That said, what the fuck is up with writer Nicholas Miller spouting crap like, “There isn’t a dedicated, legit all-ages venue in the city … and it’s killing local music” and “So how’d Sacramento’s all-ages rock music scene die? Or, who killed it?” Or Jerry Perry, who should absolutely know better, proclaiming, “For the last six or seven years, nobody has been connecting local bands to the all-ages scene.”
Bullshit. Youngsters may not have a Cattle Club to see/hear live bands these days, but to dismiss the idea that there is a living, breathing all-ages scene in this town is clueless and inexcusable. In the last 12 years or so, I personally have worked my ass off to book all-ages events at whatever local venue would allow me to, and it has been a monumental struggle.
Consider the original Java City and Capitol Garage, Cambire Cafe, Café Paris, the original and current True Love Coffeehouse, Java Lounge (and probably a couple more I’m forgetting), and nobody who has actually been paying attention can truthfully say that the all-ages scene is not alive and kicking (no pun intended). Sure, the venues may not be the ideal places to see/hear live music, but there have been so many incredible, creative, fun things happening in Midtown since the closing of the Cattle Club that certainly were not going on at most of the 21-and-over places Jerry books at.
In all that time, I was fortunate enough to have booked everyone from the Yah Mos, Groovie Ghoulies, Popgun and Deathray to Richard March, Onelinedrawing, Jackie Greene, Didley Squat and hundreds more, both local and nationally known, and guess what? It was predominantly the kids who came out and supported those shows. While bands like the Knockoffs and the Secretions were playing over-21 shows at Old Ironsides and the Distillery, they were also playing big shows for the kids at some of the smaller, “less important” all-ages venues and doing quite well, and kids were able to come out and experience live music on a pretty regular basis.
Again, maybe these particular venues weren’t too great in the eyes of Jerry or Tim Foster, but they served many under-21s very well and helped cultivate a newer, younger youth-oriented scene (or various factions of an overall scene) throughout the area.
And what the fuck is up with not even giving Java Lounge a mention? The place has been Midtown’s sole consistent all-ages venue for bands for the last two years or so and even took last year’s Best All-Ages Venue in SN&R’s Best of Sacramento issue, and they don’t even rate a small blurb? Am I missing something here?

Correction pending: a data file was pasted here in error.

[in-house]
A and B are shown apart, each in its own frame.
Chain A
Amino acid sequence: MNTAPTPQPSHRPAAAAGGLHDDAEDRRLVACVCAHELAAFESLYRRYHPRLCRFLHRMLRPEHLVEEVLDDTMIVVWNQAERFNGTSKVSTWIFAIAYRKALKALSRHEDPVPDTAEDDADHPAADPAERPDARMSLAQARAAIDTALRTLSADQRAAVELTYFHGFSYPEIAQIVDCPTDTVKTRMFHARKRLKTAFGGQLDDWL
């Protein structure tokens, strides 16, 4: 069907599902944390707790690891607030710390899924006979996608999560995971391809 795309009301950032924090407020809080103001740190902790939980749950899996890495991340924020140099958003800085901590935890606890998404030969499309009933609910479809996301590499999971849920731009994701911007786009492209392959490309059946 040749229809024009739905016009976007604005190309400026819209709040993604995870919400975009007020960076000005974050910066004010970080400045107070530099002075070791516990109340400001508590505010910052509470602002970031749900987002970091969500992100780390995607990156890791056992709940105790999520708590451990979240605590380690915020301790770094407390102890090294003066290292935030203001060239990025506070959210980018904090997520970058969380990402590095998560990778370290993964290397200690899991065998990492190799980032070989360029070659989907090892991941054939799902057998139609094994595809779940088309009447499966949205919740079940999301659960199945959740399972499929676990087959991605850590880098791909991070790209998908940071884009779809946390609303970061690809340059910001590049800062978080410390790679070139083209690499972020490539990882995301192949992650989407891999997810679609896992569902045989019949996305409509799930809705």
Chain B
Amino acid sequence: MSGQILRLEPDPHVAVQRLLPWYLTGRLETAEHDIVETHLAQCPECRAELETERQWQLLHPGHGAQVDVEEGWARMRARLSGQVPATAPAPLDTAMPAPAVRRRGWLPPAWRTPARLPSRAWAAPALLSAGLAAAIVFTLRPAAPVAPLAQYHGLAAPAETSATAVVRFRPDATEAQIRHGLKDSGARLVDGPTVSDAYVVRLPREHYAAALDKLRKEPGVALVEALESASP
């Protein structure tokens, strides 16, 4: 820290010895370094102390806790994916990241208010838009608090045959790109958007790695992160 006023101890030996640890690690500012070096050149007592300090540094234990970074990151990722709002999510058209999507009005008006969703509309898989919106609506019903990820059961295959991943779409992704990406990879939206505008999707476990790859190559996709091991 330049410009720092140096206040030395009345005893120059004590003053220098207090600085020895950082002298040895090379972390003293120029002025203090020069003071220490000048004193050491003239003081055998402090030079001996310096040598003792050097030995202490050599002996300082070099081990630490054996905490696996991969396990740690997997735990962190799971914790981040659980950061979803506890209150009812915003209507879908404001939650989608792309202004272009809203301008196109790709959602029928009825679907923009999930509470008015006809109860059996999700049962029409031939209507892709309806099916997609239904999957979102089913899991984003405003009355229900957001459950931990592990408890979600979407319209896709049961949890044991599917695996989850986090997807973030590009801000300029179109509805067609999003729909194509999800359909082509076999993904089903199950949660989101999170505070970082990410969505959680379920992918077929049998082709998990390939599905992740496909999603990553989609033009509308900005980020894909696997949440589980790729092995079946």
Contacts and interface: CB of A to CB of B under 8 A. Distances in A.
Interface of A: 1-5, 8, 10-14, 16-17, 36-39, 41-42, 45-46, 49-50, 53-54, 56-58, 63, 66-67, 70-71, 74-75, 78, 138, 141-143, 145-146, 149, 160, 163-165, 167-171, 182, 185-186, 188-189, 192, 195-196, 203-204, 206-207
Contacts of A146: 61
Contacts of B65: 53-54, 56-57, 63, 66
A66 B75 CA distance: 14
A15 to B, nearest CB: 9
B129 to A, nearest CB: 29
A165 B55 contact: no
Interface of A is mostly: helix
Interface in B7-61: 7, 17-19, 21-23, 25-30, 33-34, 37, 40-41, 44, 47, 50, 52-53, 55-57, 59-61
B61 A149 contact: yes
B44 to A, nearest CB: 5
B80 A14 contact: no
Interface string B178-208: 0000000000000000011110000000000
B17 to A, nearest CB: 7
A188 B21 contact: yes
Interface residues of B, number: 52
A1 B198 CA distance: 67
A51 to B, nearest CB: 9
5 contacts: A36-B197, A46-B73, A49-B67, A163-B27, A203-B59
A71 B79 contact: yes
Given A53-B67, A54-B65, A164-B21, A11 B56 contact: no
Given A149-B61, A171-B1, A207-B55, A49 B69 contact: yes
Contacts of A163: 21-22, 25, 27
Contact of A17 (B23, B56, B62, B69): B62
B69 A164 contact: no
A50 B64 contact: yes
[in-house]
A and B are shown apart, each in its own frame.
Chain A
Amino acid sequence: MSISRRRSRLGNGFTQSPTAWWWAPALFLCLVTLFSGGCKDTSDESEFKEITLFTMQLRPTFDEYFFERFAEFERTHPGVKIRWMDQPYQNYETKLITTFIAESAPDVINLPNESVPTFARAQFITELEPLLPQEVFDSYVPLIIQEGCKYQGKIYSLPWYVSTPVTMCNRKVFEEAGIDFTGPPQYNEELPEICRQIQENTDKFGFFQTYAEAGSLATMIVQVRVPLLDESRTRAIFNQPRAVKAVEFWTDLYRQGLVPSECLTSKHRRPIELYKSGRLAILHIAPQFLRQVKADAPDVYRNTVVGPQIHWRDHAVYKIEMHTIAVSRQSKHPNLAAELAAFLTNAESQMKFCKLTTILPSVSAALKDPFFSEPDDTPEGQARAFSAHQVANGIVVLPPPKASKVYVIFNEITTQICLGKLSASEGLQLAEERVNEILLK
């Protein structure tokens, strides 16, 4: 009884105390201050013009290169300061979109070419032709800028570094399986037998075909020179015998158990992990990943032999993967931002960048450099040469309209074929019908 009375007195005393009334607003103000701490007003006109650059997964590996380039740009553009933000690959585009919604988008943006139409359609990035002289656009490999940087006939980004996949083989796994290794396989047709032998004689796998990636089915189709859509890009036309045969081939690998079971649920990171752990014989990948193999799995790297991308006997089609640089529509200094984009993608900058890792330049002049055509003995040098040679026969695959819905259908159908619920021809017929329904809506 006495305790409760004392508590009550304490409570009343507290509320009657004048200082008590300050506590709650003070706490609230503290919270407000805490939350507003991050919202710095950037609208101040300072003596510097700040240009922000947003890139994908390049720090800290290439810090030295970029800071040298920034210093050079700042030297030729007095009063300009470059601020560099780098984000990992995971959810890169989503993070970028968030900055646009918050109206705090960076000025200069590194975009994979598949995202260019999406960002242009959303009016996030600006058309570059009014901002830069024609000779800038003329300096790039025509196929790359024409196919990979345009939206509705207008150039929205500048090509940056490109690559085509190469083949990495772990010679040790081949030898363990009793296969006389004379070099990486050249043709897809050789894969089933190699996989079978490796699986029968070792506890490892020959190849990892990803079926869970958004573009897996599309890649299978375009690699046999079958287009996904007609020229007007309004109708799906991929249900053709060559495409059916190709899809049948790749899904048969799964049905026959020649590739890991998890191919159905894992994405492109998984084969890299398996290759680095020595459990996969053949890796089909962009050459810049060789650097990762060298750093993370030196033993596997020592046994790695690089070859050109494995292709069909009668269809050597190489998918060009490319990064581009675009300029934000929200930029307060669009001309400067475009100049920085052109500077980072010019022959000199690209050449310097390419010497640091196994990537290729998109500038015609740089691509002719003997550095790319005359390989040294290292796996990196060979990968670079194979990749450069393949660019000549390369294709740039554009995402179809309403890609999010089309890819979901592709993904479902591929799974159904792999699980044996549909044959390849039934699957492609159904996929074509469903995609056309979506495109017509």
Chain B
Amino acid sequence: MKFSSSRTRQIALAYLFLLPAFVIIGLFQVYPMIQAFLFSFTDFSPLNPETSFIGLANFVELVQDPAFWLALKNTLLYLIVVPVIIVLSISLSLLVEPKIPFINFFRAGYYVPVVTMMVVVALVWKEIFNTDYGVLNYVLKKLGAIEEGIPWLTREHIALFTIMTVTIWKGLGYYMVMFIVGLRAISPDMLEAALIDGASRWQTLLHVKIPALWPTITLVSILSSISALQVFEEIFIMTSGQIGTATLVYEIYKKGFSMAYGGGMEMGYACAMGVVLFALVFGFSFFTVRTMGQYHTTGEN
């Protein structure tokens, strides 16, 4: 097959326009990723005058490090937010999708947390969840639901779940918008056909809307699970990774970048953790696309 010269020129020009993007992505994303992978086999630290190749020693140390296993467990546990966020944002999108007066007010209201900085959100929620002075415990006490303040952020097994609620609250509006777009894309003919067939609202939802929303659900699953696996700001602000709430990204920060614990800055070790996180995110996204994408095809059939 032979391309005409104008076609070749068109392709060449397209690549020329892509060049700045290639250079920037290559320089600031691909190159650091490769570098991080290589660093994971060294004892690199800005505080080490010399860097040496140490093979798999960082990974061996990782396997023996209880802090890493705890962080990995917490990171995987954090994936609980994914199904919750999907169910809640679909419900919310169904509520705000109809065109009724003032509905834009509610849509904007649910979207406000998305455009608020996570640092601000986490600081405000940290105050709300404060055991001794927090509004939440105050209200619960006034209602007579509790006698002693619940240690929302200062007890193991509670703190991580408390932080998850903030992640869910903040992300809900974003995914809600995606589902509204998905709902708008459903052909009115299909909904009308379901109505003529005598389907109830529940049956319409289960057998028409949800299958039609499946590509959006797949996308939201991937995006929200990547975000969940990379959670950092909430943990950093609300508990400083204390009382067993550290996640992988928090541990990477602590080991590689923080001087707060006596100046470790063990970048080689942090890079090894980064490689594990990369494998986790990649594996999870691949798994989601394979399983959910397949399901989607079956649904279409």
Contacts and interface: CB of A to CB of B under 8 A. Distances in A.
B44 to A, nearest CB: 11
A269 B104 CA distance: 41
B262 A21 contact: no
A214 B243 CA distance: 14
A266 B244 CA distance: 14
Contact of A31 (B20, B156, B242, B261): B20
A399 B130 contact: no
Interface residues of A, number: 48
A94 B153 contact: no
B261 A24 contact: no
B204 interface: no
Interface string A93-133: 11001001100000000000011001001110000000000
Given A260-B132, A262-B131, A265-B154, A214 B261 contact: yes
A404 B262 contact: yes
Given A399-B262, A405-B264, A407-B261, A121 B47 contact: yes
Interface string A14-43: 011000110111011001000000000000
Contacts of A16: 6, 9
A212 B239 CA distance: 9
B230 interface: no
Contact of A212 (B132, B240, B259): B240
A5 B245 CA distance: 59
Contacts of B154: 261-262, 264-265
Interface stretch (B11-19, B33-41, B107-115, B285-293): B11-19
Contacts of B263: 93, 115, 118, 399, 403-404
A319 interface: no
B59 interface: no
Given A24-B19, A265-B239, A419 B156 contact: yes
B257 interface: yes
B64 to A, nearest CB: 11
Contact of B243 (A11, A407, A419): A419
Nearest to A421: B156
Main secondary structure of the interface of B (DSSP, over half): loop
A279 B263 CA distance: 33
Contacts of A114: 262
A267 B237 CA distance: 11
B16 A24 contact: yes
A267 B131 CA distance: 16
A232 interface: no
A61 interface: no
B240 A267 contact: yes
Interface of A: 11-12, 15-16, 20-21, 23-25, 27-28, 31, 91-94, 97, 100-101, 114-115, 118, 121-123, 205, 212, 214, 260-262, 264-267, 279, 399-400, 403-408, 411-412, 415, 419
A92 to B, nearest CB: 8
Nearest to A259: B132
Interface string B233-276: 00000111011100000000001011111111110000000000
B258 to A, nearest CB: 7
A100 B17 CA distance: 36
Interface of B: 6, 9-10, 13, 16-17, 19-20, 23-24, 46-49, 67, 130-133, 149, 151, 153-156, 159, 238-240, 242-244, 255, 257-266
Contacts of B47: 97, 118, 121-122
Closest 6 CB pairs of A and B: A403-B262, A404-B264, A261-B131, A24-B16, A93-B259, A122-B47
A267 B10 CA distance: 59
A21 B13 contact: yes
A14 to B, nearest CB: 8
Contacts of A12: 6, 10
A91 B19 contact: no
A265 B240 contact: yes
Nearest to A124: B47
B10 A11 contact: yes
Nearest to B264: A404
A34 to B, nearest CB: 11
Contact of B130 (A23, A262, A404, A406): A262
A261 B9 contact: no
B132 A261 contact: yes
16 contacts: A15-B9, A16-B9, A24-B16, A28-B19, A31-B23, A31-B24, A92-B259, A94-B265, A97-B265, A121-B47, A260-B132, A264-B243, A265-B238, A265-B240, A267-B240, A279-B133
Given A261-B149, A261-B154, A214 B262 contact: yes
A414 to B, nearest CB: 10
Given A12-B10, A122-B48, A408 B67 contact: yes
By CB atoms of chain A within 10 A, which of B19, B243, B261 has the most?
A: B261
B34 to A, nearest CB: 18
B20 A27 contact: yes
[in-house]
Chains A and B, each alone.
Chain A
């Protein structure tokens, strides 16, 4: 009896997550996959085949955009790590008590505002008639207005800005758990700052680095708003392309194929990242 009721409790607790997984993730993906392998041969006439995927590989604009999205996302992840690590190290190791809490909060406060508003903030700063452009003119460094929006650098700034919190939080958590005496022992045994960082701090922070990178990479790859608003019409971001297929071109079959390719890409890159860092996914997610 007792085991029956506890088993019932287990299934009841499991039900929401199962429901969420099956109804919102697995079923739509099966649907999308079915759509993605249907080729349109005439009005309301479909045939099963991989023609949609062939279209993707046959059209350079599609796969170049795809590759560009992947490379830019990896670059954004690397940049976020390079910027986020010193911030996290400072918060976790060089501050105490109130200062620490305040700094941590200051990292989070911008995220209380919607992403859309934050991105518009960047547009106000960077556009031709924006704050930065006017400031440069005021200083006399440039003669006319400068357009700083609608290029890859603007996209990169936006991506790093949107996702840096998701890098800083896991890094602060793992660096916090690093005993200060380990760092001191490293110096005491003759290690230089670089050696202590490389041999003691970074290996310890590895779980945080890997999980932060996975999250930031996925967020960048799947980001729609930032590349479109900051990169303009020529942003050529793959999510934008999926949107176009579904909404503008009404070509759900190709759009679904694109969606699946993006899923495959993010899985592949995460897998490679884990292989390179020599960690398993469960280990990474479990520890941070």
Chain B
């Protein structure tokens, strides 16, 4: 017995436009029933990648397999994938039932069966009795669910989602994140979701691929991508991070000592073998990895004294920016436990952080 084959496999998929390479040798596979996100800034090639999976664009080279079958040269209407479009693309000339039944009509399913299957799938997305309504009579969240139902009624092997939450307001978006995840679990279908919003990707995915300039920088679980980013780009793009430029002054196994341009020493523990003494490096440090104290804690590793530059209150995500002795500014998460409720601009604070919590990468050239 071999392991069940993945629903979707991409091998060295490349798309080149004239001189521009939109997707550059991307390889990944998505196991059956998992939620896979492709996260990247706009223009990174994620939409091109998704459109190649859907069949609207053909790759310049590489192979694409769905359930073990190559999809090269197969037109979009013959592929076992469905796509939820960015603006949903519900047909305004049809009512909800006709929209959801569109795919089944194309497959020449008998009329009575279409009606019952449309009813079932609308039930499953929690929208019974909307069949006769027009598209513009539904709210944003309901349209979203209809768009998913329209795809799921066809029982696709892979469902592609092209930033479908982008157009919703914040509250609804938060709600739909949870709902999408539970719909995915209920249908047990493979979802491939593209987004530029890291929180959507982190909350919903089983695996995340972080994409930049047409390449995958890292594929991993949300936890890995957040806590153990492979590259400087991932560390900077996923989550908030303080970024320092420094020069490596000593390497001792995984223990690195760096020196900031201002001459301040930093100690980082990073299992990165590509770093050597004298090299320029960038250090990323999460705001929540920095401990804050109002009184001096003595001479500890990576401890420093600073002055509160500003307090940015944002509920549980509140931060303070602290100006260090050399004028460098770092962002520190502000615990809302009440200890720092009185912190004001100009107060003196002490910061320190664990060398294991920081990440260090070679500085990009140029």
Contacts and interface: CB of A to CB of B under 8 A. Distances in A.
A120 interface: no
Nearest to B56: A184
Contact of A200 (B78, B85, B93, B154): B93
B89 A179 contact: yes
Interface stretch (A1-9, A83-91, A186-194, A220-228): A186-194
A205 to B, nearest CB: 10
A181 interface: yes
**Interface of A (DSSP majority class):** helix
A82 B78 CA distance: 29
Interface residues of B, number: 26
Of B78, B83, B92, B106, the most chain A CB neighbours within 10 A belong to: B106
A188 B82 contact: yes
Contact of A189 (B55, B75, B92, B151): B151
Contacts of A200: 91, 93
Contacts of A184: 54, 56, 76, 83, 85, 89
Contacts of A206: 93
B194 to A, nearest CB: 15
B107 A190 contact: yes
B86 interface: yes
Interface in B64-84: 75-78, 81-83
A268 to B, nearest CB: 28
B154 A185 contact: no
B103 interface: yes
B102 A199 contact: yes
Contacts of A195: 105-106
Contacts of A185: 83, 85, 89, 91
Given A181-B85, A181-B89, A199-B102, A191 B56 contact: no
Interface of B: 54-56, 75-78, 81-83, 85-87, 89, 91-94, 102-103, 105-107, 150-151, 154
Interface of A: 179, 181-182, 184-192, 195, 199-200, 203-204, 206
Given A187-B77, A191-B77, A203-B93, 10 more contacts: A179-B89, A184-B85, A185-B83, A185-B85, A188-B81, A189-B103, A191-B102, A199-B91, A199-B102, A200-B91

Since it’s now been proclaimed in big, bold letters that the all-ages music scene in Sac is dead or dying, would it then be OK to suggest that people booking mostly 21-and-over shows are contributing to its death, too? Probably not. Fuck it, I’m gonna anyway.
What about young people?
Re Nicholas Miller’s “All-ages all over?” (SN&R Feature, March 6):
I was glad to see this article, but it would have been much stronger if it had presented the voices of young people who are putting on, playing and attending shows in Midtown and beyond. Where was the coverage of their modern-day successes and struggles? Without a doubt, there have been plenty of successes—for proof, head over to www.myspace.com/sacramentopunkshows (that’s a shameless plug) and see that in the next four weeks, there are around 30 all-ages shows happening in the area—and that’s just stuff that is somehow punkish-related.
This is far more activity than in any of the mythological all-ages glory days of times past. Those shows are often being put on by young people, feature loads of local and touring bands of all ages and are attended by hundreds of local young music lovers.
All-ages all over? Hardly. Yes, Club Minimal was cool, the Cattle Club was nifty and The Loft was special. History is fun, but this is 2008, and there’s a whole lot that could have been said about today that somehow didn’t make it in the article.
For instance, I wish the author could have connected the dots between the ridiculous hassles Stewart Katz went through 25 years ago and the absurd behavior on the part of local police in shutting down the all-ages Food Not Bombs benefit concert scheduled last month. For all the success that the Sacramento all-ages music scene is having these days, the fact remains that right now, the city still makes it difficult to do all-ages shows, and there are some great stories to be told by young folks who are striving to do things right now! I would love to see those stories show up in SN&R.
Yet, in spite of city policies and police behavior that can make all-ages shows difficult, young folks in Sacramento are using their ingenuity and brilliance to create a vibrant music scene. They have shown repeatedly that they will not allow themselves to be silenced by adults who don’t seem to like them or their music. Media outlets that ignore them simply result in the creation of their own decentralized ways of communicating.
I’ve been fortunate to take part in the all-ages punk scene in Sacramento for 25 years, and right now there are more shows than ever, tons of great bands made up of teenagers and a wealth of enthusiastic audiences of all ages coming out to support the scene.
Never mind the death knell ringing over at SN&R, the all-ages music scene in Sacramento is alive and well in the capable hands of intelligent, empowered, creative young people.
CorrectionIn “The big show” (SN&R Feature, March 20), an incorrect date for the June 3 Sacramento mayoral election appeared in Shawn Eldredge’s candidate profile, Adam Daniel’s campaign Web site (www.adamdaniel4mayor.com) was omitted due to an editing error and we left out a word in Charles Barkley’s “The Round Mound of Rebound” nickname. Our sincerest apologies to Eldredge, Daniel and Sir Charles. These corrections have been made online.